Britons should be buying New Zealand lamb rather than their own homegrown product to combat global warming, according to United Nations scientists.
That is likely to please New Zealand farmers and go down poorly with their British counterparts, but neither will enjoy the advice that going vegetarian is better for the environment.
Better farming methods in New Zealand mean it is believed to be more efficient for it to be grown here and shipped around the world, rather than Britons eating their locally produce lambs.
"I don't think we'd be coming out in support of that measure, but we'd need to read the report before commenting on it," Britain's National Farmers Union representative Nathan Alleyne told the Daily Mail.
But scientists say growing food for food animals takes up far more land and emits more greenhouse gases than producing edible crops.
Last year New Zealand exported about $583 million worth of sheepmeat to Britain.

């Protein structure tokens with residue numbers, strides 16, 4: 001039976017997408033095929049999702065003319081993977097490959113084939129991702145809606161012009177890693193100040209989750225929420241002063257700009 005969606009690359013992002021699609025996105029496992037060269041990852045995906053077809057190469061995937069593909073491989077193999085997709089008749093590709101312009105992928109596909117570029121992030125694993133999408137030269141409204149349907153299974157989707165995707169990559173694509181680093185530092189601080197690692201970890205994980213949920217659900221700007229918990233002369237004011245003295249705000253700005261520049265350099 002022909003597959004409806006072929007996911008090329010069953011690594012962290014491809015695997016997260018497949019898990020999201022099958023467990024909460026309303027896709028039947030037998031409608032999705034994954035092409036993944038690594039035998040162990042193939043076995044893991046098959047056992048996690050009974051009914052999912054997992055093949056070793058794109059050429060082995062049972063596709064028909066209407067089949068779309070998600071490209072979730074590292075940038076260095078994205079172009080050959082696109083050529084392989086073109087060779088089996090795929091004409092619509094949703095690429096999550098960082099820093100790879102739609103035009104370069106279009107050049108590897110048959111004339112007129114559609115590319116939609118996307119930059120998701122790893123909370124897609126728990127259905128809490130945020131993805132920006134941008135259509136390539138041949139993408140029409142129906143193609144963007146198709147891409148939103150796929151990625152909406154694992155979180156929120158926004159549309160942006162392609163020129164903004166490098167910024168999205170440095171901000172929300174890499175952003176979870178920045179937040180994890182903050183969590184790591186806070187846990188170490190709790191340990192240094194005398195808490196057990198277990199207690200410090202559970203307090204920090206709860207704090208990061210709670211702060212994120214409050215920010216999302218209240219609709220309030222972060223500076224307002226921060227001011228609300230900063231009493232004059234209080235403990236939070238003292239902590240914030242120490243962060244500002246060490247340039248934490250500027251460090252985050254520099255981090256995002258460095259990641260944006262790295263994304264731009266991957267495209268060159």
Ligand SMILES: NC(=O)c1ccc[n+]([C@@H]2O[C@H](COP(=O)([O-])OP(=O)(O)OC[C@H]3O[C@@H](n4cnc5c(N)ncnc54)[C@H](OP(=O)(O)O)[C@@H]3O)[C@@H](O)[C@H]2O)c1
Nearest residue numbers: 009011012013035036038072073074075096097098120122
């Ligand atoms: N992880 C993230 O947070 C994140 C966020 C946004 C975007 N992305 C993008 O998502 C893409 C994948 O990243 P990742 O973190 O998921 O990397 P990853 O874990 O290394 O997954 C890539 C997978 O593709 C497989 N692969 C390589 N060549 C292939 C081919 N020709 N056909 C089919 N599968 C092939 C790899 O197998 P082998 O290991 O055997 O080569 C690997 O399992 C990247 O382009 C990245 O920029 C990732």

The advice against eating local sheepmeat coincided with a study by Britain's agriculture research organisation CGIAR.
It said food production, because of forest clearance, fertiliser production and transport, accounts for up to 29 per cent of man-made greenhouse gases, rather than the UN's estimate of 14 per cent.
CGIAR's Bruce Campbell says many countries could make big cost savings by cutting emissions.
The world's agricultural systems face an uphill struggle in feeding a projected nine to 10 billion people by 2050. Currently the population is just above seven billion.
Some farmers could be forced to make radical shifts to growing more heat-, flood- or drought-tolerant crops, such as yam, barley, cowpea, millet, lentils, cassava and bananas, CGIAR said.